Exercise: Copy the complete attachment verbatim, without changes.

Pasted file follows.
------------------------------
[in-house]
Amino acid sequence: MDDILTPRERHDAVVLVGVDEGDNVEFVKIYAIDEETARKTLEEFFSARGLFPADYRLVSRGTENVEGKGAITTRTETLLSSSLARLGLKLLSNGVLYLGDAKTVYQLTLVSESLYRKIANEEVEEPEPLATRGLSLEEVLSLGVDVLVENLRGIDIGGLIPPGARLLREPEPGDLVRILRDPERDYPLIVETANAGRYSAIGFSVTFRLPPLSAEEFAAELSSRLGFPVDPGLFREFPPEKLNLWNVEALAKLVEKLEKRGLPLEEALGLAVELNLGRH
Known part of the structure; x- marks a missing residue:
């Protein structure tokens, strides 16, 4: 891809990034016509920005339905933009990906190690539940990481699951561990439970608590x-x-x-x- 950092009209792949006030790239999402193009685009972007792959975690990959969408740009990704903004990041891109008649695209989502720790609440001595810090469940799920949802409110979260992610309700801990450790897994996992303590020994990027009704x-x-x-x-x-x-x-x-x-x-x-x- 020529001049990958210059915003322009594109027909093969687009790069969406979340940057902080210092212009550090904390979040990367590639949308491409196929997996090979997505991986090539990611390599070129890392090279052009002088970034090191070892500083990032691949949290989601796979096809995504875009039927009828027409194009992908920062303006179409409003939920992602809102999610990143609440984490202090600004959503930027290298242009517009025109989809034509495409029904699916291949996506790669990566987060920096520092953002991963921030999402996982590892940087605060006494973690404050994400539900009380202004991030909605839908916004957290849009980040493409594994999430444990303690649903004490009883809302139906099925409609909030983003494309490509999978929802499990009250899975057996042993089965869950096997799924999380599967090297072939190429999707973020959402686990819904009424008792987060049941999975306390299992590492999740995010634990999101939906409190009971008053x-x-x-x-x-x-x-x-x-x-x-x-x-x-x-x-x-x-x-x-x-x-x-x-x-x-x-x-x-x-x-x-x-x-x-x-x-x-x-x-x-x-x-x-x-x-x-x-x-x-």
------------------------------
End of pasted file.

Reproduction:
[in-house]
Amino acid sequence: MDDILTPRERHDAVVLVGVDEGDNVEFVKIYAIDEETARKTLEEFFSARGLFPADYRLVSRGTENVEGKGAITTRTETLLSSSLARLGLKLLSNGVLYLGDAKTVYQLTLVSESLYRKIANEEVEEPEPLATRGLSLEEVLSLGVDVLVENLRGIDIGGLIPPGARLLREPEPGDLVRILRDPERDYPLIVETANAGRYSAIGFSVTFRLPPLSAEEFAAELSSRLGFPVDPGLFREFPPEKLNLWNVEALAKLVEKLEKRGLPLEEALGLAVELNLGRH
Known part of the structure; x- marks a missing residue:
């Protein structure tokens, strides 16, 4: 891809990034016509920005339905933009990906190690539940990481699951561990439970608590x-x-x-x- 950092009209792949006030790239999402193009685009972007792959975690990959969408740009990704903004990041891109008649695209989502720790609440001595810090469940799920949802409110979260992610309700801990450790897994996992303590020994990027009704x-x-x-x-x-x-x-x-x-x-x-x- 020529001049990958210059915003322009594109027909093969687009790069969406979340940057902080210092212009550090904390979040990367590639949308491409196929997996090979997505991986090539990611390599070129890392090279052009002088970034090191070892500083990032691949949290989601796979096809995504875009039927009828027409194009992908920062303006179409409003939920992602809102999610990143609440984490202090600004959503930027290298242009517009025109989809034509495409029904699916291949996506790669990566987060920096520092953002991963921030999402996982590892940087605060006494973690404050994400539900009380202004991030909605839908916004957290849009980040493409594994999430444990303690649903004490009883809302139906099925409609909030983003494309490509999978929802499990009250899975057996042993089965869950096997799924999380599967090297072939190429999707973020959402686990819904009424008792987060049941999975306390299992590492999740995010634990999101939906409190009971008053x-x-x-x-x-x-x-x-x-x-x-x-x-x-x-x-x-x-x-x-x-x-x-x-x-x-x-x-x-x-x-x-x-x-x-x-x-x-x-x-x-x-x-x-x-x-x-x-x-x-």